Late one night in Post-WWII Communist Poland, a man is killed by an oncoming train. The body turns out to be Wladyslaw Orzechowski (Opalinski), a legendary train engineer who had just lost his job after decades of riding the rails. An inquest is immediately launched to discover the cause of his death. The investigators call multiple witnesses; their memories of Orzechowski's career reveal how his idiosyncratic style ran him afoul of station-master Tuszka (Maciejewski). The tale of the pair's complicated relationship holds the keys to solving the mystery of the tragic accident.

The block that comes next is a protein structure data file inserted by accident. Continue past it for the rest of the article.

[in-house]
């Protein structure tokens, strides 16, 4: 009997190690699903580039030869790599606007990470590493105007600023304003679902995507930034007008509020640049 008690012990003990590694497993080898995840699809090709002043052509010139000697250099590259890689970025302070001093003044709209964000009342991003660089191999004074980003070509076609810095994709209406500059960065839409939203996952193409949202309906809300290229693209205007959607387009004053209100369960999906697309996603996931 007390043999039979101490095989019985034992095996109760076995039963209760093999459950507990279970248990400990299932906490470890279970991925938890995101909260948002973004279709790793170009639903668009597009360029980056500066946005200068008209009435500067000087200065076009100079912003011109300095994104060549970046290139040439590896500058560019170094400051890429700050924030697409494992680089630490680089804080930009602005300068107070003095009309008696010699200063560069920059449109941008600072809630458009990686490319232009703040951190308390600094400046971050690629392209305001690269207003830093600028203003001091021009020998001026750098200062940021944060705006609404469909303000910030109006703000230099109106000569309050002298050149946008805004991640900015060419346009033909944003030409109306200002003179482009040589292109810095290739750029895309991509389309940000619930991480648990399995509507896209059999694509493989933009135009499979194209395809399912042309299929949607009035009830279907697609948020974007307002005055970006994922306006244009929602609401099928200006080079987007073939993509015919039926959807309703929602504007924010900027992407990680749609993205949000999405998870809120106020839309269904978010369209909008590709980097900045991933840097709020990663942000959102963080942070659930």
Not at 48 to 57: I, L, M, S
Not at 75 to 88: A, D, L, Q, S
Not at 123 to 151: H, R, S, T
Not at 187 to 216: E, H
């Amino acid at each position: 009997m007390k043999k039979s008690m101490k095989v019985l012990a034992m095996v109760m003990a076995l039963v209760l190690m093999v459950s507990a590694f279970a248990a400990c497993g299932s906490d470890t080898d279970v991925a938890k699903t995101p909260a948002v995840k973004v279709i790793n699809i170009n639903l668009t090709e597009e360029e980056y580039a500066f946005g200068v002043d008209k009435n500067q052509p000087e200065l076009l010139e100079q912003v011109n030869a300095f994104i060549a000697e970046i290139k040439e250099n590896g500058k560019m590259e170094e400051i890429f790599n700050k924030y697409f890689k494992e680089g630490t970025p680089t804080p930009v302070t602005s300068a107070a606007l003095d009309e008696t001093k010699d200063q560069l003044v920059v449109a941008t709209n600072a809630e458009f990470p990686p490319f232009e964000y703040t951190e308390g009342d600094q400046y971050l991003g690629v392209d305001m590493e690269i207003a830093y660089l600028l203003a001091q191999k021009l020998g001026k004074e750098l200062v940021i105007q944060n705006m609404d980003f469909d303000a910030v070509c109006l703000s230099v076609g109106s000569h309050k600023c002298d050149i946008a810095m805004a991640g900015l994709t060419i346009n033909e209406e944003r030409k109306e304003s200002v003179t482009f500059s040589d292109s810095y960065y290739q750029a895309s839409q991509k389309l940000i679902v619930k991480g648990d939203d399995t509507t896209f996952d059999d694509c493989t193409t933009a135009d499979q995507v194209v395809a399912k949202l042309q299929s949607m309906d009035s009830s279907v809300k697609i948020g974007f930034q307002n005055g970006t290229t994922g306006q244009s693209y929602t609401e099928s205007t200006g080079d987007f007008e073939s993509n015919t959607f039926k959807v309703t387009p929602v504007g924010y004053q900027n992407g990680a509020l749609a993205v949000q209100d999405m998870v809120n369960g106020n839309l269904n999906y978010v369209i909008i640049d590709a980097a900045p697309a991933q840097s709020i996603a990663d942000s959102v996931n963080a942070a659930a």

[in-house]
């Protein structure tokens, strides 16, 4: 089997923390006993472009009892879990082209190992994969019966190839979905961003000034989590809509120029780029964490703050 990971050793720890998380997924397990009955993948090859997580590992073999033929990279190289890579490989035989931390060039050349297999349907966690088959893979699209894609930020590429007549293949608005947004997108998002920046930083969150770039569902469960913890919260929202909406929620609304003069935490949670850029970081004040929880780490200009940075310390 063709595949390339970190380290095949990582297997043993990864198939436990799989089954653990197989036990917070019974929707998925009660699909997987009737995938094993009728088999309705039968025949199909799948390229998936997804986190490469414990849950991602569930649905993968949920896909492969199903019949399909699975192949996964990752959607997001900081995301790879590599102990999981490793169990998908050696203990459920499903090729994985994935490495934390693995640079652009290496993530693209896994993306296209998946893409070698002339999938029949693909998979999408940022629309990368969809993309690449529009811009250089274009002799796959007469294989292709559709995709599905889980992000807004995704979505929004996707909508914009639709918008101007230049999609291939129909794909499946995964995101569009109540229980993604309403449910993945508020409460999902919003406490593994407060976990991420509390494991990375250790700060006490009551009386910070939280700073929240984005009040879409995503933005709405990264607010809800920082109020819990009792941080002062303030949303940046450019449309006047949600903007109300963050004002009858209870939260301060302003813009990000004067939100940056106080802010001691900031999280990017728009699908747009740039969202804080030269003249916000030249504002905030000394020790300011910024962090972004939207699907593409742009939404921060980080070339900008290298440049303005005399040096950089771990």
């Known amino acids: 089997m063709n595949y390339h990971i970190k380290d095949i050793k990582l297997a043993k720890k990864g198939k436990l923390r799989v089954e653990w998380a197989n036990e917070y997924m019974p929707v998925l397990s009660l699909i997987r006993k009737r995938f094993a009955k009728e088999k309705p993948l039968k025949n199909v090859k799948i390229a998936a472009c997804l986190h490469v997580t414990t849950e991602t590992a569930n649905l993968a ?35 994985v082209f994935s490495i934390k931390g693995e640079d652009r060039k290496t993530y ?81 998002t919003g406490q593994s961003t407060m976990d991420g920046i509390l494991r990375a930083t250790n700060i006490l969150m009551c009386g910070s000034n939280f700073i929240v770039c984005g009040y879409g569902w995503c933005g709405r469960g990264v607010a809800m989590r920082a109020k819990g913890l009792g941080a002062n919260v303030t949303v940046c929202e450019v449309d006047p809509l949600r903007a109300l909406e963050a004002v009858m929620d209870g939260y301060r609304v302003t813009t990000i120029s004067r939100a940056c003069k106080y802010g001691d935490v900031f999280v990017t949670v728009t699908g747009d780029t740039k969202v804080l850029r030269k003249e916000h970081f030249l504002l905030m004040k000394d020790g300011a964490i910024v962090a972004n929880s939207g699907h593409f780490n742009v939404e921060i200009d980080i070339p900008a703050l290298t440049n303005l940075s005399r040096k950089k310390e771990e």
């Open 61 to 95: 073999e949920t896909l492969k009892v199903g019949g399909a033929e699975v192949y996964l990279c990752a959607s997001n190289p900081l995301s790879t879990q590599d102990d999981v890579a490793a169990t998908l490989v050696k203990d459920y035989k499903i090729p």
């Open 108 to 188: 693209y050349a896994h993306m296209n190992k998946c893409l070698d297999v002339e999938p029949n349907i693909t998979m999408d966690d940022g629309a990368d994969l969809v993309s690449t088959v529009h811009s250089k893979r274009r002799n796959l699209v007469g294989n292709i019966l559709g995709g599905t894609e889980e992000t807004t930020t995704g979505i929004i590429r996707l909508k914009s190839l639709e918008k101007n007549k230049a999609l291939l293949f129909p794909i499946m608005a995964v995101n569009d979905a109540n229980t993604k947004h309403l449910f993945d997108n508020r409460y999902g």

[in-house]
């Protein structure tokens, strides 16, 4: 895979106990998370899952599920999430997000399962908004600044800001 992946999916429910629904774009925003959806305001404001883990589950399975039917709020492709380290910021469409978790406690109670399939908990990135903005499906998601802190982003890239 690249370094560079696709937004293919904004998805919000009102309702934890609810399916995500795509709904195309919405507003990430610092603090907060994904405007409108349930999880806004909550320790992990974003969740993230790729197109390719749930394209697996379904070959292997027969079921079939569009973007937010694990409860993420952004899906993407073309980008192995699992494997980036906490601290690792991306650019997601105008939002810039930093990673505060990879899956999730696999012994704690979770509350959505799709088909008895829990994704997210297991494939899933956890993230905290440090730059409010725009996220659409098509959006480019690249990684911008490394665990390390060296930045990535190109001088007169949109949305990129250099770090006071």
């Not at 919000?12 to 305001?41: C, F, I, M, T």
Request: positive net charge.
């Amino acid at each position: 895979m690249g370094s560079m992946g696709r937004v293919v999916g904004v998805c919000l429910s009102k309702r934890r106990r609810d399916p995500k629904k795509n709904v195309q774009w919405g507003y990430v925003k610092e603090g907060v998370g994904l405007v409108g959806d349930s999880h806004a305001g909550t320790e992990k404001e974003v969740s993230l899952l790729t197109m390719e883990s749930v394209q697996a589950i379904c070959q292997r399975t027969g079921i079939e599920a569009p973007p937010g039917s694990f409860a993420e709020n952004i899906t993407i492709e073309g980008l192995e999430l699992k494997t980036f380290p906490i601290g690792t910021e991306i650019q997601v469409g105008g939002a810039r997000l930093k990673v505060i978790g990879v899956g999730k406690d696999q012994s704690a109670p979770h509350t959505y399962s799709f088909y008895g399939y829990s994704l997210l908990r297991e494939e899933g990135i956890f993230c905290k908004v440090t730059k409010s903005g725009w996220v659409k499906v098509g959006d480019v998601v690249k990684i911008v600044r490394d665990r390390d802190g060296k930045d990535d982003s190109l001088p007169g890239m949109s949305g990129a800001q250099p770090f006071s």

Director Andrzej Munk was tragically killed in a car accident after making only a few films, but his body of work places him at the forefront of the Polish New Wave, right alongside the likes of Andrzej Wajda. "Man on the Tracks" is his underseen first feature, a gripping mystery and blistering piece of social commentary. Its heavy use of intricate narrative flashbacks at times recalls "Rashomon" or "Citizen Kane," but Munk only employs this device to level a devastating critique of the Stalinist uniformity enforced in 1950s Poland. At the time, this type of dissent was usually dealt with harshly; that Munk found a way to make his message heard makes this film as brave as it is expertly crafted.